MS AntiSpyware vs Ad-Aware vs SpyBot

Discussion in 'other anti-malware software' started by Ailric, Jan 8, 2005.

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  1. Ailric

    Ailric Guest

  2. bigbuck

    bigbuck Registered Member

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    It only found FP's for me.
    Buck.
     
  3. Mele20

    Mele20 Former Poster

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    That reviewer fails to note all the bad things about MS's antispyware. Plus, it only found one false positive on my box. This was after it crashed XP and I had to work hard to even get it to run.

    That reviewer waxes poetic over the real time scanner. I tried to turn that off during installation but it was trying to run after installation. I would never want anything like that. I would only use it for periodic scans. As for it stopping home page hijacks...gee...I use Firefox. I don't need to worry about that. As for that spyware community MS wants you to join, I would never fall for that ploy either. MS is going to track users that way or something not very private will be done with that I am sure. Same as with AV and getting definitions so fast...for most people that is just so unnecessary. Once a week with McAfee and NAV is quite sufficient for the vast majority of users. If you need definitions every hour to protect you then you have some extremely bad habits and it appears MS intends to fan this paranoia to include spyware definitions every hour based on the community discovery.

    Of course, MS will charge a lot for this and now has the perfect excuse to never fix all the security holes in IE and Windows because if they did then they will loose money on their antispyware product. We can kiss the dream of a secure OS and browser right down the drain now.
     
  4. bellgamin

    bellgamin Very Frequent Poster

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    I never had such a dream, even in my worst nightmares. :cool:
     
  5. Ailric

    Ailric Guest

    Only found one FP for me... the well know Squiresearch which is part of Spybots' immunizition. I simply set it to always ignore. It's that easy.

    It's funny that Giant Antispyware only became EVIL after Microsoft purshased it in hopes of stemming the tide of spyware.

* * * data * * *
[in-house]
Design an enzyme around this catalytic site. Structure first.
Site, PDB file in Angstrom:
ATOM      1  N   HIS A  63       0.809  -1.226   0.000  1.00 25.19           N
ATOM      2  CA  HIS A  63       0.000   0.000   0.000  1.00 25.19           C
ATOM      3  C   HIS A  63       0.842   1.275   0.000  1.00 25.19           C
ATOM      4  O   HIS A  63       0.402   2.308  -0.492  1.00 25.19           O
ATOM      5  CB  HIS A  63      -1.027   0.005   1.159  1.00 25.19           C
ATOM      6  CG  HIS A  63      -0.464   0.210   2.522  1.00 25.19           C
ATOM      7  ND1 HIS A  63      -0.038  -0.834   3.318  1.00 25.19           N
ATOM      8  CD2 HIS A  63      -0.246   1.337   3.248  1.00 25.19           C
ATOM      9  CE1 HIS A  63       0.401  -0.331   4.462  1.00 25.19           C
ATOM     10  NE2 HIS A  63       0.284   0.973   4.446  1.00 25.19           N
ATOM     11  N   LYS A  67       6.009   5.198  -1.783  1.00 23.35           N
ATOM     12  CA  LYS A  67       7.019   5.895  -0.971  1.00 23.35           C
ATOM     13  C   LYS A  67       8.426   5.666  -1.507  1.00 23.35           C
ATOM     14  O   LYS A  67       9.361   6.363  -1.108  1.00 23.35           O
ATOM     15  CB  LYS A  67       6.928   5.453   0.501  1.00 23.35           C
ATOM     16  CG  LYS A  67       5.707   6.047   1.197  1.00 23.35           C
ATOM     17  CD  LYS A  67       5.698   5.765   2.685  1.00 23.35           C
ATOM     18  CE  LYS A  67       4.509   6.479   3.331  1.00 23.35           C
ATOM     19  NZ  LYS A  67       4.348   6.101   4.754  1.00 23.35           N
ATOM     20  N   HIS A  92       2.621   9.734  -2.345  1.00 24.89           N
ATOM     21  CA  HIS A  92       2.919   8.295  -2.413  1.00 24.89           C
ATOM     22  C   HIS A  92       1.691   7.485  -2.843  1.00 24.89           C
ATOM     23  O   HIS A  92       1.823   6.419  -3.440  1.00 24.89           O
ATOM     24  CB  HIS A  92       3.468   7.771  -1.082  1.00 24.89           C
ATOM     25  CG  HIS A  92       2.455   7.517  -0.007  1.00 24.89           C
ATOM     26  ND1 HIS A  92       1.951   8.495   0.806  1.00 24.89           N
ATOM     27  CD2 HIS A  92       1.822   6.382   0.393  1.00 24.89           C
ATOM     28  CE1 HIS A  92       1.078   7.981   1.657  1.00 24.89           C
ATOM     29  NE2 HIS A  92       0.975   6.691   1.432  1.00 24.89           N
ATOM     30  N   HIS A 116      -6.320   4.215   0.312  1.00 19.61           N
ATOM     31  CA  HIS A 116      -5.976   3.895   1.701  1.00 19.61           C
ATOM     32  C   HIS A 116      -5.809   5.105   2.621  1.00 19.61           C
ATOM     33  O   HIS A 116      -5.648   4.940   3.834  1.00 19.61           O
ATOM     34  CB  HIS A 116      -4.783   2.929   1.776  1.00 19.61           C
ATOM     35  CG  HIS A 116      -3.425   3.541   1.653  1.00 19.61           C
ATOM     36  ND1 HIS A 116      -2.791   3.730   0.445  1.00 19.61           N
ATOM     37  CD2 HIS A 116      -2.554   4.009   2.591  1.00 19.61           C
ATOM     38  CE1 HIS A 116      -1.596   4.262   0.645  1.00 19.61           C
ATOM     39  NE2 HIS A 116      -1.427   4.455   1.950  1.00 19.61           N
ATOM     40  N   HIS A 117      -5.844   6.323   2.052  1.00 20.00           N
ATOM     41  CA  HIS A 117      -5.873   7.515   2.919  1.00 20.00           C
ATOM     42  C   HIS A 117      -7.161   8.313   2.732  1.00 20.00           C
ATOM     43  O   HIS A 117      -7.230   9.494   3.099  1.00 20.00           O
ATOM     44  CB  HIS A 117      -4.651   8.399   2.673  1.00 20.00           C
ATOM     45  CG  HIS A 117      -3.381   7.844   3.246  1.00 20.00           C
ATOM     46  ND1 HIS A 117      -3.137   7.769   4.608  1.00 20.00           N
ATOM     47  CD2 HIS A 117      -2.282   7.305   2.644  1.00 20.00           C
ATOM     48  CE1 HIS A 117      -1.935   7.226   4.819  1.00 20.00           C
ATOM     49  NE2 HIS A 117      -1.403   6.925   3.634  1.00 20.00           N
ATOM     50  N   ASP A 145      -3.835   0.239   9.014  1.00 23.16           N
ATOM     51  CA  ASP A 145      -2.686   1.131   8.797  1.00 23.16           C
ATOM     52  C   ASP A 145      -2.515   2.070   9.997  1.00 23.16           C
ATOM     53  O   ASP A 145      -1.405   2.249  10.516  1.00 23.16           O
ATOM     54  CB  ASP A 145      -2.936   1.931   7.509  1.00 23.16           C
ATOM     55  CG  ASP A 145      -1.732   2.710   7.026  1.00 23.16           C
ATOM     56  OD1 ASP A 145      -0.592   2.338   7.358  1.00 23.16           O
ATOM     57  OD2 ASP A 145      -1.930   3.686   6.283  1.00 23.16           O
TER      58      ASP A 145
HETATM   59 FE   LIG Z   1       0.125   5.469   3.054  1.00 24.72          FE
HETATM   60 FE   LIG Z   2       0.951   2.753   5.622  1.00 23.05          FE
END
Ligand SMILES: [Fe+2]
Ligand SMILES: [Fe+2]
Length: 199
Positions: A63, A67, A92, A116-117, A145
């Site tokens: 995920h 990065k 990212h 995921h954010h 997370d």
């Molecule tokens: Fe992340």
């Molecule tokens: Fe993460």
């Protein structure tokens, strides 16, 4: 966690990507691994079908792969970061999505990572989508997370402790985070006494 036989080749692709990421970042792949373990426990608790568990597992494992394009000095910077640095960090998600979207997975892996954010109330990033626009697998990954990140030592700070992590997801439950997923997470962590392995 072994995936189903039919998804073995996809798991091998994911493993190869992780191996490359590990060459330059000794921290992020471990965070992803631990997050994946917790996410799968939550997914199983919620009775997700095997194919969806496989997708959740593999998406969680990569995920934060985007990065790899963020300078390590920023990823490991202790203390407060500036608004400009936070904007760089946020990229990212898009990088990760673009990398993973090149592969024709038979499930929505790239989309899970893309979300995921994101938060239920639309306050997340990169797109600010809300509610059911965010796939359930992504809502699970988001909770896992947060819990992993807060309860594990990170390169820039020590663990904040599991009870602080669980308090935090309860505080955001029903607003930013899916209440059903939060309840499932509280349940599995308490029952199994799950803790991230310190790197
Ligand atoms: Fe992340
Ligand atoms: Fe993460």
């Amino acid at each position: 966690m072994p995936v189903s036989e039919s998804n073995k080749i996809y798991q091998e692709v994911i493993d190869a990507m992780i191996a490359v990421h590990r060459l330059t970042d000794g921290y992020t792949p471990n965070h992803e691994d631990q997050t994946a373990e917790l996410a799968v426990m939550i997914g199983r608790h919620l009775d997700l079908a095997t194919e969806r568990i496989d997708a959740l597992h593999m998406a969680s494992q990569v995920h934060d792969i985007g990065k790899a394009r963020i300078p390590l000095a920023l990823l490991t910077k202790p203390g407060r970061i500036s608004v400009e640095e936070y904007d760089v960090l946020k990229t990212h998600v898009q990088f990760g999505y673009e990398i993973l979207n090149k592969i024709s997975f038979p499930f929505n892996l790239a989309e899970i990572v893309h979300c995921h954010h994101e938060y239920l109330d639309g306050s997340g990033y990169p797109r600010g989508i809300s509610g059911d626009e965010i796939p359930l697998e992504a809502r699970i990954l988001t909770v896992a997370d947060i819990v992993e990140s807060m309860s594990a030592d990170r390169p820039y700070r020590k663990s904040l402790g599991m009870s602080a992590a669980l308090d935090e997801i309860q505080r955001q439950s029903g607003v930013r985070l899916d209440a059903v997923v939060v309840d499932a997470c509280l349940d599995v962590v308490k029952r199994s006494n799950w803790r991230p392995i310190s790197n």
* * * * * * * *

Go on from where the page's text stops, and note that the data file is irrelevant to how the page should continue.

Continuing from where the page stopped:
Many millions don't use Firefox, they use IE. Should they be forced to change? And if Microsoft purchased Firefox, would it become instant trash?

    "MS is going to track users that way or something not very private will be done with that I am sure."

    "Of course, MS will charge a lot for this and now has the perfect excuse to never fix all the security holes in IE and Windows because if they did then they will loose money on their antispyware product. We can kiss the dream of a secure OS and browser right down the drain now."

    Please don't spread FUD, unless you work for Microsoft and know something we don't. This does everyone a disservice.
     
  6. Notok

    Notok Registered Member

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    Agreed. As far as I can tell, all this stuff was a part of GIANT.
     
  7. Mele20

    Mele20 Former Poster

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    No. 1. I hated Giant. All it did was repeatedly crash my computer and refused to stop running the real time monitor which I did not want. Plus, it found only a huge bunch of false positives.

    No. 2 I was hoping Microsoft would improve the software but the only changes they made was to make it hook so deeply into the system that I had to spend four hours on the phone with Dell Small Business support on Friday. After I uninstalled it, I immediately had Process Guard freeze in the systray and then I got two error boxes about my installing a new hardware modem which could not be installed because the driver was not certified. I had not installed any hardware. All I did was uninstall MS's antispyware. That action, because of the hooks which remained deep in, wrecked my Conexant PCI modem and caused 70 instances of a second hardware modem to be entered into device manager.

    Dell wizard on the modem CD ran and analyzed my system and said that I had "illegally" installed a second non Dell approved hardware modem and that I had to remove it before the wizard would go further. I had done nothing of the sort. The 56K modem had been working perfectly until I uninstalled the antispyware. After 4 hours with Dell troubleshooting and moving the modem to different slots, etc. the computer would not boot with the modem installed in any slot and Dell is sending me a new modem and flying a tech over from Honolulu to install it. Dell thinks this was all caused by the uninstallation of the MS software. They have already been seeing other disasters besides mine due to this poorly designed software.